Something We Carry

By Karen Ott Mayer  |  Photography courtesy of Megan Bean, Mississippi State University.

Mississippi’s Poet Laureate Catherine Pierce inspires with her own brand of creative style.

When she was only nine years old, Catherine Pierce encountered the idea of poetry for the first time.

“I remember the teacher wrote a snippet on the board from E.E. Cummings and I thought, ‘What is that?’” she recalls.

Pierce asked her mother if she could check out a poetry book from the library and from there came sparks that ignited a lifelong passion for crafting words.

Appointed Mississippi’s Poet Laureate in April 2021 by Governor Tate Reeves, Pierce hopes to continue sharing her personal messages about poetry across the state while helping to dispel a few misconceptions about the art.

Growing up, Pierce was a self-confessed bookworm, but she also believes one particular element lent to her early interest in words and language.  

“My parents let me read above my comprehension level so I think that I felt comfortable not always understanding what I was reading,” she explains.

Later in college, she vacillated between English and theater, eventually choosing English because it seemed more practical.

Originally from Delaware, Pierce made her way to the South, first to Missouri where she earned a Ph.D. from the University of Missouri, then to Mississippi where she began teaching at Mississippi State in 2007. Altogether, she has spent 20 years in the classroom. Her husband, award-winning fiction author Michael Kardos, also teaches and co-directs the creative writing program at the university.

When Pierce first arrived in Mississippi, she was taken by first the heat, then the people.

“I remember how friendly people were and how much I liked my students who were always more than willing to try new things or experiment,” she says.

Pierce has been writing essays for the past few years, exploring the difference between prose and poetry.

“Poetry is slow and careful,” she says. “Essays are a different kind of process and I lose track of time when writing because of the stronger narrative thread. I find it interesting to see the different ways the brain works.”

She draws great inspiration from the natural world, with her recent works incorporating themes about climate change and humanity’s impact on the planet. Her most recent book, “Dangerous Days,” was released in October by Saturnalia Books, earning Pierce the 2021 Mississippi Institute of Arts and Letters Poetry Award.

Helping others understand poetry is her mission, both in and outside of the classroom.  “We don’t have to know everything. We can allow for space to question.” Like many others, her questions only grew in 2020 as she found herself hibernating with her family.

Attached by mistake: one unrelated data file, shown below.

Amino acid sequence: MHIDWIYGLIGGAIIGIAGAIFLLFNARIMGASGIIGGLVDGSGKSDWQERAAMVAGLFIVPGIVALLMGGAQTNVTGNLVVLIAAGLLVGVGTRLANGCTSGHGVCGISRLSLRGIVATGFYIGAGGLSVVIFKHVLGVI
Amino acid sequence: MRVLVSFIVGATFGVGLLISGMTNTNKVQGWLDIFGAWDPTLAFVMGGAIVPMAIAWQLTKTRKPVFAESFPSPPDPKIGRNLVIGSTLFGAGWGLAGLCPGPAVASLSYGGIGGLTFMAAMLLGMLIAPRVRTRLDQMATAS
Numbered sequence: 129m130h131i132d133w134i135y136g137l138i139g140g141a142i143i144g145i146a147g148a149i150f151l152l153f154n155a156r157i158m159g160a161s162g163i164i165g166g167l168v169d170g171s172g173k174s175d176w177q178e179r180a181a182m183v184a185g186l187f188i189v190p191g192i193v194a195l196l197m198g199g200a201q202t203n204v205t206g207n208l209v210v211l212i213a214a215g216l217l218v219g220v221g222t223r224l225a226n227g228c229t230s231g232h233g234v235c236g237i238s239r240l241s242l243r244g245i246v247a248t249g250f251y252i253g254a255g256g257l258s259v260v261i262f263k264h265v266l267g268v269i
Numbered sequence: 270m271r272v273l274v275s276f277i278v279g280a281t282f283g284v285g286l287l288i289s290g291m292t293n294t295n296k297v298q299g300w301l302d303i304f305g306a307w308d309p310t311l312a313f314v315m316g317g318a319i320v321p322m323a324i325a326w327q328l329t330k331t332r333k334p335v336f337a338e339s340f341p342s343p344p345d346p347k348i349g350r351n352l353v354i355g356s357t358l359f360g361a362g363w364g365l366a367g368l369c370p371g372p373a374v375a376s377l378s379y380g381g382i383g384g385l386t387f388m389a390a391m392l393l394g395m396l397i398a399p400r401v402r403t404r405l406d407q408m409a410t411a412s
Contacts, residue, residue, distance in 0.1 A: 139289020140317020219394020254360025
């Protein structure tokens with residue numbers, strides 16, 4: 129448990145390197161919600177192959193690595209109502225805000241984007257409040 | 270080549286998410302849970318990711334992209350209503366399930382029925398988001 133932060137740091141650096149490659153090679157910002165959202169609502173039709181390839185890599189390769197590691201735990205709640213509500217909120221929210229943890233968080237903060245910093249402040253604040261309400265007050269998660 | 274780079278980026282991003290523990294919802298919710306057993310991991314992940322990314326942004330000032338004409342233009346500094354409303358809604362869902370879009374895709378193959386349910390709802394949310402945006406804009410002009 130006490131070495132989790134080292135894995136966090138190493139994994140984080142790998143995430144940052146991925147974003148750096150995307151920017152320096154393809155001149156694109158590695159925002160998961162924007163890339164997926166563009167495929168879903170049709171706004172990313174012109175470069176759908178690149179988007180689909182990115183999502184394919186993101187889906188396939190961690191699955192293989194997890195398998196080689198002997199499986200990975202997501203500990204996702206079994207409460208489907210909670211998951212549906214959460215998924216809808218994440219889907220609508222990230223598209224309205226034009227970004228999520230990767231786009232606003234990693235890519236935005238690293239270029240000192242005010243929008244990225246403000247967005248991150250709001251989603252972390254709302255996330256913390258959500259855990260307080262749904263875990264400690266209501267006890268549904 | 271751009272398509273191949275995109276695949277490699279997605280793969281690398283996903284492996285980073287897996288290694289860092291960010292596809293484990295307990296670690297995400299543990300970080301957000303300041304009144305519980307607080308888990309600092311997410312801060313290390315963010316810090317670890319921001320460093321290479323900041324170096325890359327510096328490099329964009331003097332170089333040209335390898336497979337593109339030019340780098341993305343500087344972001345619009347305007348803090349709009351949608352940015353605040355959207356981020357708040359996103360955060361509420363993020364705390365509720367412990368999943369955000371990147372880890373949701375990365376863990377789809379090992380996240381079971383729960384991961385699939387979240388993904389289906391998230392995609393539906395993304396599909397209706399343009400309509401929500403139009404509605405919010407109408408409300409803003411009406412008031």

“2020 was about trying to find time to do anything as we were all together in this space and there was no space,” she says. “At the same time, we really got to know each other even better.”

Time, she recognizes, is always the challenge. Despite a list of books and publications — many stamped with awards and recognition — she readily admits to chasing questions about her own habits and work.

“I think about what it means to be a writer who is not writing,” she says.

And in the end, her pragmatic sense and acceptance of the process itself, reassures her.

“We all need these fallow periods when our creative soil needs nutrients and to be regenerated,” she says. “Even when not writing, we’re still accumulating observations.”

When listening to Pierce talk about poetry, it’s clear she may be the best qualified for her new role as the state’s poetry ambassador. Even those who have little experience with poetry or tense up from memories of English class will find her reasoning contagious.

“My belief is that poetry is for everyone and everybody can connect with poetry,” Pierce says.

Pierce believes our world and busy lives have never needed poetry more. “Poetry requires us to slow down and to really look at things. Fear, a tree, whatever. We have so much happening today in our fast lives.”

More importantly, Pierce explains that everyone can access poetry because there’s no judgement or right or wrong when reading a poem.

“I think there is this fear that if you don’t understand a poem, somehow there’s failure,” she says. “When reading a poem, let it wash over you, uncover you. Just sit with it.”

For Pierce, poems are meant to be read more than once, as each time we find new or different meanings. The beauty lies in the interpretation.

“Many of us may feel like there’s a code to crack, or an equation to solve a poem,” she says. “But this isn’t math. When we look at it this way, we take the pressure off that somehow we’re failing to understand it.”

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